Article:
Greinke isn’t a ace. The only real competition is Cain.

  29. Phillibuster 3 years ago

    CC has been averaging that in the AL.  Lot easier to last longer when there’s no danger of your manager pulling you for a bat in the 7th/8th inning.

  30. Phillibuster 3 years ago

    CBP and AT&T?  The Ted and PetCo?  Nationals Park and Dodger Stadium?

    Sure, there’s a couple of exceptions, but the NLW is composed primarily of pitchers’ parks, and the NLE is composed primarily of hitters’ parks.

    I tend to think it has to do with the fact that the East coast doesn’t have nearly as much room to spread out as the West (plus, the East was developed significantly earlier, so they weren’t designing cities with athletic facilities in mind), so they end up building smaller stadiums that fit the downtown areas.  The West, meanwhile, has significantly more room to spread out cities, and designed as such, which leads to the feasibility of larger ballparks.

  31. Phillibuster 3 years ago

    CBP and AT&T?  The Ted and PetCo?  Nationals Park and Dodger Stadium?

    Sure, there’s a couple of exceptions, but the NLW is composed primarily of pitchers’ parks, and the NLE is composed primarily of hitters’ parks.

    I tend to think it has to do with the fact that the East coast doesn’t have nearly as much room to spread out as the West (plus, the East was developed significantly earlier, so they weren’t designing cities with athletic facilities in mind), so they end up building smaller stadiums that fit the downtown areas.  The West, meanwhile, has significantly more room to spread out cities, and designed as such, which leads to the feasibility of larger ballparks.

  32. LazerTown 3 years ago

    Yea, instead he has to face a dh instead of the pitcher.  In the al that means, vs ortiz, hafner, Butler, etc.  But none of those guys are as hard to get out as the pitcher that doesn’t take the bat off his shoulder for 3 strikes.

  33. LazerTown 3 years ago

    greinke could very well end up with aj burnett type money though

  34. Phillibuster 3 years ago

    Because all of the pitchers in the NL take 3-pitch strikeouts, right?  Not like any ever get on-base, lay down sac bunts, or hit the occasional HR…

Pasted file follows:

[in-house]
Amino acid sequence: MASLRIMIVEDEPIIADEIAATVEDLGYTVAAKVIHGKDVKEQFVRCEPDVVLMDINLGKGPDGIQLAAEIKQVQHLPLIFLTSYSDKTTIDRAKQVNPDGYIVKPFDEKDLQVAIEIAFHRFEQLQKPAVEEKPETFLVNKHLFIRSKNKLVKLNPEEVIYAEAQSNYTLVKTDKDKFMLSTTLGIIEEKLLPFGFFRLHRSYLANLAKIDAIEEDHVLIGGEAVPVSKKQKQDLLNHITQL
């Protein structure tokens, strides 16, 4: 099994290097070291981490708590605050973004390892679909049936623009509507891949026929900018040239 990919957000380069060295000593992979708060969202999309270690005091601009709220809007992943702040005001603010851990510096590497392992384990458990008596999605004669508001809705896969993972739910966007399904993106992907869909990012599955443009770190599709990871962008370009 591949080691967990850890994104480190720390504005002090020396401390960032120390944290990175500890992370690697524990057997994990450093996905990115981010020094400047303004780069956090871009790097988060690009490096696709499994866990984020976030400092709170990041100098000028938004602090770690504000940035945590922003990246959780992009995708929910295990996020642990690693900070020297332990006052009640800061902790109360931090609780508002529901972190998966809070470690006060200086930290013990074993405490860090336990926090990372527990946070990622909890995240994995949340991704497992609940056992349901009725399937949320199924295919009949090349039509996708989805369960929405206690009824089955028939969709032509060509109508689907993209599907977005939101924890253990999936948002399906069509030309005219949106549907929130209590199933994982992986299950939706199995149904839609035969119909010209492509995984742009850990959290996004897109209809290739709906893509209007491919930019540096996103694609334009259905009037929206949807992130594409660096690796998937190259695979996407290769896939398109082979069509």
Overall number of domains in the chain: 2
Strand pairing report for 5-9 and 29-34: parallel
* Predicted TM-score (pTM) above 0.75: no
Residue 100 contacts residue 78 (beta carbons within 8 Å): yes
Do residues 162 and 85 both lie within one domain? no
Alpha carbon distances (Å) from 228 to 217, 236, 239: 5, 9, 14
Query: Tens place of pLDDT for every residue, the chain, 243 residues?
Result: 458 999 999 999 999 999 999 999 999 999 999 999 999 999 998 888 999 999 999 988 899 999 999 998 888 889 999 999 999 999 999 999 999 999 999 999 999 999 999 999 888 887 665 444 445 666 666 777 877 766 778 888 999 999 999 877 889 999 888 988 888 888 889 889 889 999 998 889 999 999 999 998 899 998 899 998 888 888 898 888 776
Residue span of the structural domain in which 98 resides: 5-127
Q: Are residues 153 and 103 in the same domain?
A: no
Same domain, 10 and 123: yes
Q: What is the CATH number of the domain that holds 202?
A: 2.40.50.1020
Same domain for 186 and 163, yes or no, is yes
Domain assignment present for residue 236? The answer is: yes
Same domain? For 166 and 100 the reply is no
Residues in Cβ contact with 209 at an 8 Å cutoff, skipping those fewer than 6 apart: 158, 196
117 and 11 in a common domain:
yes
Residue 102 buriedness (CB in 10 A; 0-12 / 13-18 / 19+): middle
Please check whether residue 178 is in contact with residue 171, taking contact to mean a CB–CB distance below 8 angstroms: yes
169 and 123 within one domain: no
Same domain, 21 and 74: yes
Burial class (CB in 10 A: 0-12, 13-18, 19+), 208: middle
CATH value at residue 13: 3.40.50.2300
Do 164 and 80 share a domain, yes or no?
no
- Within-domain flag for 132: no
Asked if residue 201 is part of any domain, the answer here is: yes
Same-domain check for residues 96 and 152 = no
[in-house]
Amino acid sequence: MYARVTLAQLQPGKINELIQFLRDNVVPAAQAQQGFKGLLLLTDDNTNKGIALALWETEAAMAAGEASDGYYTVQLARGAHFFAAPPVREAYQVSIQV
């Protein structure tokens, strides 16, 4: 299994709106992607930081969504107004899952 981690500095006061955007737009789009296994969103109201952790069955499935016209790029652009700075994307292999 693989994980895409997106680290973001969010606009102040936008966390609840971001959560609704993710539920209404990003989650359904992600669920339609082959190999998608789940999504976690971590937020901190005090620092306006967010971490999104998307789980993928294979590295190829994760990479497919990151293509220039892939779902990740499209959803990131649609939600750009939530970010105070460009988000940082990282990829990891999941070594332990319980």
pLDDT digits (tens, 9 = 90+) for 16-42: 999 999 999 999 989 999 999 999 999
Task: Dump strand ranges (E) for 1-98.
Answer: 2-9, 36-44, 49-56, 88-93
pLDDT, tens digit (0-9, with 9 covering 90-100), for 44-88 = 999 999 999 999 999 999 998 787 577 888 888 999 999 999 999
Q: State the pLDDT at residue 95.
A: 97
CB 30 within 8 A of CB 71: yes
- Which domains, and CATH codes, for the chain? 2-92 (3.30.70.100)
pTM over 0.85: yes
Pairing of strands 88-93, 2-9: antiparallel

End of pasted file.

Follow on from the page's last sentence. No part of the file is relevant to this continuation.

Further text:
But that’s totally irrelevant to what I was saying.  My point, is that it’s a lot easier to pitch for 8 innings in the AL than it is in the NL, because unless you’ve got a dominating lineup behind you (which, incidentally, CC does) there’s a serious risk of you getting pulled in the 7th inning even if you’re pitching a 1-run game.

    Yes, you can argue that the lineups are nastier in the AL as a result of the DH, but if you’re getting them out (which both CC and Hamels do – just look at Cole’s numbers in interleague play, or facing guys who will be the DH for AL teams this year), that’s all that matters in the AL.  In the NL, you risk getting pulled because the offense is doing poorly, even if you’re still throwing wonderfully.

  35. Phillibuster 3 years ago

    Because all of the pitchers in the NL take 3-pitch strikeouts, right?  Not like any ever get on-base, lay down sac bunts, or hit the occasional HR…

    But that’s totally irrelevant to what I was saying.  My point, is that it’s a lot easier to pitch for 8 innings in the AL than it is in the NL, because unless you’ve got a dominating lineup behind you (which, incidentally, CC does) there’s a serious risk of you getting pulled in the 7th inning even if you’re pitching a 1-run game.